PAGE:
Loving the Enemy and Building Community in My Little Pony and Steven Universe

As I prepared for the sermon I preached at my church several weeks ago, this notion of loving the enemy stayed fresh in my mind and I joked with the youth group that I’d preach about Steven Universe (some of the kids are fans). Both this series and My Little Pony: Friendship is Magic have told us redemptive stories of seemingly unlovable characters which, in my view, express the gospel’s call to radical hospitality.

A million years ago, when I was still in college, I wrote a blog post analyzing Princess Celestia and Princess Luna’s relationship in season 1’s pilot episodes, and how the reconciliation between the two sisters aligns to the classical Christian narrative of redemption and salvation. In this case “redemption and salvation” mean that Luna is healed of Nightmare Moon and is welcomed back into community with Celestia and Equestria at large (although she barely gets any character development after this).

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Since season 1, there have been several other character arcs where an evil or unlovable character has not merely been defeated, but welcomed into the friendship of the Mane Six. Discord, Sunset Shimmer, Starlight Glimmer, (The Great and Powerful) Trixie–all of these former antagonists, to some degree or another, get a chance at reformation and are permanently changed after experiencing friendship when no one else would give it. Some characters, like Sunset and Starlight, undergo a more dramatic change than others, but the end result is still that there is room at the table, whether that’s the literal table of Twlight’s court or the figurative table of community.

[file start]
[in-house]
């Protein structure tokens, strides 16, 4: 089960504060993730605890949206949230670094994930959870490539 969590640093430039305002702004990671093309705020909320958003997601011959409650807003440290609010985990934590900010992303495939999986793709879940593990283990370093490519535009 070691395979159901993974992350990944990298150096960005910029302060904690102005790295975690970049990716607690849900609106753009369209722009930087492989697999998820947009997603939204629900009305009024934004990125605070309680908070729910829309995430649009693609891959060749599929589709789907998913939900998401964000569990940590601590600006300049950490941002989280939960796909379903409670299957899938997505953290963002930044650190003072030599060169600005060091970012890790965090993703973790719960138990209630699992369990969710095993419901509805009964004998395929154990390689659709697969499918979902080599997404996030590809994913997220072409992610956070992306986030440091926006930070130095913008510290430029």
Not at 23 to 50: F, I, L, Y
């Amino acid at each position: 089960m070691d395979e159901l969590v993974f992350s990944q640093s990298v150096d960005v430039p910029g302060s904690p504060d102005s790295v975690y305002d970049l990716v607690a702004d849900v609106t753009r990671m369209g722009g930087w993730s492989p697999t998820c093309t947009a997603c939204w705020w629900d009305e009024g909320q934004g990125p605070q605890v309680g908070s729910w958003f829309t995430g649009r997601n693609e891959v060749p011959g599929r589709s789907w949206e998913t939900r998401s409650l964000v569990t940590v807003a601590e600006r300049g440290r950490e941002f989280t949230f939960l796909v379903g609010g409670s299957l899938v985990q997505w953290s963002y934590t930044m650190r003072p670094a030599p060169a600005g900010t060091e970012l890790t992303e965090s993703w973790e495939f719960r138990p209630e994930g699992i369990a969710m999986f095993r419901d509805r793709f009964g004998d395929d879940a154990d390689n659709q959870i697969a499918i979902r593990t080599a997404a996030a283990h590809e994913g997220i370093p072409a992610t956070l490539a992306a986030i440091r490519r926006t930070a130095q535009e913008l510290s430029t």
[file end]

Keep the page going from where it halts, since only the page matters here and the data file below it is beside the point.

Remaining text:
But being in a community isn’t as simple as accepting the invitation and living happily ever after. Learning how to be a friend is a continuous process, and even the Princess of Friendship herself still has a thing or two to learn, given her severe distrust of Starlight and Trixie’s friendship. Discord struggles with unhealthy, possessive behavior over Fluttershy. Sunset, both in Equestria Girls and the main series, has to overcome her guilt and the stigma of her past. All of these problems surface because being accepted into a community itself is not perfection. It’s an agreement to grow with others, and from what we’ve seen so far in six seasons of My Little Pony, there is nothing that anyone can do among the Mane Six that would permanently oust them from friendship.

This notion of integrating the “unlovable” into a community goes hand in hand with loving the enemy, although in My Little Pony and Steven Universe, it takes a more literal meaning. As I said in my sermon, loving the enemy doesn’t mean that what the enemy does or did is okay. Even though Discord and Starlight Glimmer experience the friendship of the Mane Six, neither that friendship nor their turning points in which they realize the error of their ways sanctifies their past or future actions. Discord gets a stern talking-to when his jealousy of Tree Hugger at the Grand Galloping Gala makes him violent and possessive. Starlight Glimmer continues to make mistakes and sometimes slip back into her old ways as she learns more about friendship. Even though these characters still make mistakes, and their pasts are not entirely brushed to the side, they are still much better off having experienced friendship from those who were once their enemies. If radical friendship had not been extended to them, where would they be? Discord would still be a threat to Equestria and Starlight Glimmer would still be out messing with ancient spells that alter reality. And both characters would still be incredibly lonely.